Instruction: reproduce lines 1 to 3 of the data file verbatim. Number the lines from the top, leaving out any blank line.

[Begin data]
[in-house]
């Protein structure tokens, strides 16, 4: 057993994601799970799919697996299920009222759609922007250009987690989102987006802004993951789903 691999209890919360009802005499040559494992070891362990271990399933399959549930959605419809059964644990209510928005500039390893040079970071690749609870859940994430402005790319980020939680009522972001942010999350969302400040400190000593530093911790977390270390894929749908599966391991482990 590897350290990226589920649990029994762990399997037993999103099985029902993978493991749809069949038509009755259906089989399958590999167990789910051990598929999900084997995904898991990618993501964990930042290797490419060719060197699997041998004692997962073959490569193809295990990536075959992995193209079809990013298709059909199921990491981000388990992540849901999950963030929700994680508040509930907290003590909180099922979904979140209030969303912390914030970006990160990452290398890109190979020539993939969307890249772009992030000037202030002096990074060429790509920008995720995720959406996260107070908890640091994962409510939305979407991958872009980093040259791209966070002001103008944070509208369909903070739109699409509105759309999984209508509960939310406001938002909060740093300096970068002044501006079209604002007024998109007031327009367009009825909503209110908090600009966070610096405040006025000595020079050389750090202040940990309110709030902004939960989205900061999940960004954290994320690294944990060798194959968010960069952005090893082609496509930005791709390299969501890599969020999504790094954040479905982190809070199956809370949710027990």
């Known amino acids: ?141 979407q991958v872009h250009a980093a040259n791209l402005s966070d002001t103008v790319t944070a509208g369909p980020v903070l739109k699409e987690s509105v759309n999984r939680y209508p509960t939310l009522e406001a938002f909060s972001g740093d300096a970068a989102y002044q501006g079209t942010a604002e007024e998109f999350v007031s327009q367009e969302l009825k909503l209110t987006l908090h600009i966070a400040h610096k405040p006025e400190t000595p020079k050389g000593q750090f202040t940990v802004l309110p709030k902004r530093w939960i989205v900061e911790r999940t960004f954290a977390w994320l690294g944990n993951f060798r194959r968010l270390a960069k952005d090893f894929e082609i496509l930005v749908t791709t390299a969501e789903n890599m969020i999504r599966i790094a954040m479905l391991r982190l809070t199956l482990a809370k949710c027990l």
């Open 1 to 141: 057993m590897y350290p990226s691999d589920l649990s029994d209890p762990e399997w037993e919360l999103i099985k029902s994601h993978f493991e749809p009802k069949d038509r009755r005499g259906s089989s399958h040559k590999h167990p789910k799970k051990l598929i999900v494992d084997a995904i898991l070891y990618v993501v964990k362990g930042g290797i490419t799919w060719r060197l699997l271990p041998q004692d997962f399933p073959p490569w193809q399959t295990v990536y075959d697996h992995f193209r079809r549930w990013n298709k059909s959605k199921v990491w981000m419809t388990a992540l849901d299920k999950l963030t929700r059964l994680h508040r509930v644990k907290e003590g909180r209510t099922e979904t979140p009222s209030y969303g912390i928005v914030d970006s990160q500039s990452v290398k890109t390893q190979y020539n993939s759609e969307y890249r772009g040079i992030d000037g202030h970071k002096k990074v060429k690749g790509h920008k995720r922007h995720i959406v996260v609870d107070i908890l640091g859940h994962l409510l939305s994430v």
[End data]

[in-house]
């Protein structure tokens, strides 16, 4: 057993994601799970799919697996299920009222759609922007250009987690989102987006802004993951789903 691999209890919360009802005499040559494992070891362990271990399933399959549930959605419809059964644990209510928005500039390893040079970071690749609870859940994430402005790319980020939680009522972001942010999350969302400040400190000593530093911790977390270390894929749908599966391991482990 590897350290990226589920649990029994762990399997037993999103099985029902993978493991749809069949038509009755259906089989399958590999167990789910051990598929999900084997995904898991990618993501964990930042290797490419060719060197699997041998004692997962073959490569193809295990990536075959992995193209079809990013298709059909199921990491981000388990992540849901999950963030929700994680508040509930907290003590909180099922979904979140209030969303912390914030970006990160990452290398890109190979020539993939969307890249772009992030000037202030002096990074060429790509920008995720995720959406996260107070908890640091994962409510939305979407991958872009980093040259791209966070002001103008944070509208369909903070739109699409509105759309999984209508509960939310406001938002909060740093300096970068002044501006079209604002007024998109007031327009367009009825909503209110908090600009966070610096405040006025000595020079050389750090202040940990309110709030902004939960989205900061999940960004954290994320690294944990060798194959968010960069952005090893082609496509930005791709390299969501890599969020999504790094954040479905982190809070199956809370949710027990």
């Known amino acids: ?141 979407q991958v872009h250009a980093a040259n791209l402005s966070d002001t103008v790319t944070a509208g369909p980020v903070l739109k699409e987690s509105v759309n999984r939680y209508p509960t939310l009522e406001a938002f909060s972001g740093d300096a970068a989102y002044q501006g079209t942010a604002e007024e998109f999350v007031s327009q367009e969302l009825k909503l209110t987006l908090h600009i966070a400040h610096k405040p006025e400190t000595p020079k050389g000593q750090f202040t940990v802004l309110p709030k902004r530093w939960i989205v900061e911790r999940t960004f954290a977390w994320l690294g944990n993951f060798r194959r968010l270390a960069k952005d090893f894929e082609i496509l930005v749908t791709t390299a969501e789903n890599m969020i999504r599966i790094a954040m479905l391991r982190l809070t199956l482990a809370k949710c027990l």